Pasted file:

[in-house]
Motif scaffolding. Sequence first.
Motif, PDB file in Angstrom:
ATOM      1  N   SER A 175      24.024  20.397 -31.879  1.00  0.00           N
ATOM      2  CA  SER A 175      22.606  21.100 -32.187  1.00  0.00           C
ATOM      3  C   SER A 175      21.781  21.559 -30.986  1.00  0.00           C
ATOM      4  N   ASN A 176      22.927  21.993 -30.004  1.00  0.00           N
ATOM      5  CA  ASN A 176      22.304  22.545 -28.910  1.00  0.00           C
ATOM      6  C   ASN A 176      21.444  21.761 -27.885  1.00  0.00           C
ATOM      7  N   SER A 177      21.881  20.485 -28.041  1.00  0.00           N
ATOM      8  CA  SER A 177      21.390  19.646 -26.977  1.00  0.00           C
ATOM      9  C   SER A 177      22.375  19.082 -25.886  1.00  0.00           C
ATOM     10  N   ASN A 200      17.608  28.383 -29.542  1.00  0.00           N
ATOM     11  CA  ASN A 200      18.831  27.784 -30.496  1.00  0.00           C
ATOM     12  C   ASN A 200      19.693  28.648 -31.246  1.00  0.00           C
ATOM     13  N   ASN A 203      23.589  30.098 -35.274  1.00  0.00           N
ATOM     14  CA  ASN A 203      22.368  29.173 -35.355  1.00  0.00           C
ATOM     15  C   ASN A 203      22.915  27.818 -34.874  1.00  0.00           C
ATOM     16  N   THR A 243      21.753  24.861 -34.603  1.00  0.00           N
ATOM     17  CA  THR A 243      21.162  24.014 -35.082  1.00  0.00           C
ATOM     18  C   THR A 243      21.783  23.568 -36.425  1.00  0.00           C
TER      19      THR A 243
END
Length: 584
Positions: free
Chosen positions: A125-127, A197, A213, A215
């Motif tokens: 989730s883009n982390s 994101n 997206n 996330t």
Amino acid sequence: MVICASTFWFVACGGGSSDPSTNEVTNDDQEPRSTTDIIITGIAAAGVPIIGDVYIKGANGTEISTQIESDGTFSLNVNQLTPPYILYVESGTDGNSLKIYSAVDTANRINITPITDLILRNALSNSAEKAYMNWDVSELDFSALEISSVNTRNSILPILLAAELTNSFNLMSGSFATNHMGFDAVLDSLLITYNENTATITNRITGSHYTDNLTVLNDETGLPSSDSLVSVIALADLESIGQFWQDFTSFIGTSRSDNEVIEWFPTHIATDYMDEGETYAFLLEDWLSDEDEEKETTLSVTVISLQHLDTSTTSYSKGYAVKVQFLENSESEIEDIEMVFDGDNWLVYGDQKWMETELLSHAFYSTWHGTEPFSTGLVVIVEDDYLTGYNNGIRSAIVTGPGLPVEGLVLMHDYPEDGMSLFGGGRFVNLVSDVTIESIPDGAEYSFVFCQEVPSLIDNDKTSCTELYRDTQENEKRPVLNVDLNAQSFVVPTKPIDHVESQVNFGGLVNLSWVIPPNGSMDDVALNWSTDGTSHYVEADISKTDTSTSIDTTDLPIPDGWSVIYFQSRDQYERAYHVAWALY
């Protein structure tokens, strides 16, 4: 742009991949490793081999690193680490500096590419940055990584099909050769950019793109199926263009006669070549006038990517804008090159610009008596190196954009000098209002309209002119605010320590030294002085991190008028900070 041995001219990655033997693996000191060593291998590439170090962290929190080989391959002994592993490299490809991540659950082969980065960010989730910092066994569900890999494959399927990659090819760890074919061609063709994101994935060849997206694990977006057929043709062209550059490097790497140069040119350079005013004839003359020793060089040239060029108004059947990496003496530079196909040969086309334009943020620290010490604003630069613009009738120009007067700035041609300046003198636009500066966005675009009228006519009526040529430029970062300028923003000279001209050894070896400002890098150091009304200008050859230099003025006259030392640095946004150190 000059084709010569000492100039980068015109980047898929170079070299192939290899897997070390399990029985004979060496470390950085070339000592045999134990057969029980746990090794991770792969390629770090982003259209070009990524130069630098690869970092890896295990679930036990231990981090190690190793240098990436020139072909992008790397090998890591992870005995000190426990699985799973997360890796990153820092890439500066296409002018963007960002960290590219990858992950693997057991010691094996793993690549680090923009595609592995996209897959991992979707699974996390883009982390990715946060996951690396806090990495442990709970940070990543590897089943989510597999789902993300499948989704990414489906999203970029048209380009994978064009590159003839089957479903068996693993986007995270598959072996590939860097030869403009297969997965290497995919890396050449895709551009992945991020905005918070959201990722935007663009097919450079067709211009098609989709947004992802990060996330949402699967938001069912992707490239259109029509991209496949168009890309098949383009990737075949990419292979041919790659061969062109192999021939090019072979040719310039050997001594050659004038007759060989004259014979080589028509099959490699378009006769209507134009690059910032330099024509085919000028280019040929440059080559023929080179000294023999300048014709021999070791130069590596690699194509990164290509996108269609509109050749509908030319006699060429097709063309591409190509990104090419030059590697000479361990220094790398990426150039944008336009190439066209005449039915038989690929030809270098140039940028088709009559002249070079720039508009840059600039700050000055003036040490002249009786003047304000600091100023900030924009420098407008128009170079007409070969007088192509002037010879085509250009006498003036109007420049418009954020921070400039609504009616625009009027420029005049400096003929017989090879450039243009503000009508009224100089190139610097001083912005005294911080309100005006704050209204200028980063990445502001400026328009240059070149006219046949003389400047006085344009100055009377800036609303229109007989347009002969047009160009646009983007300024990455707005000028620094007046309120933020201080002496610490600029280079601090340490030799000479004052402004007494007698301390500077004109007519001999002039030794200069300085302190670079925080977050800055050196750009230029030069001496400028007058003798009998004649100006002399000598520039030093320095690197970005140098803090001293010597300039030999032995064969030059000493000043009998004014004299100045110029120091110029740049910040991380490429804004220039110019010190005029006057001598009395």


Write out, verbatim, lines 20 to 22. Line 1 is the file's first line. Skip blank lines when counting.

ATOM     17  CA  THR A 243      21.162  24.014 -35.082  1.00  0.00           C
ATOM     18  C   THR A 243      21.783  23.568 -36.425  1.00  0.00           C
TER      19      THR A 243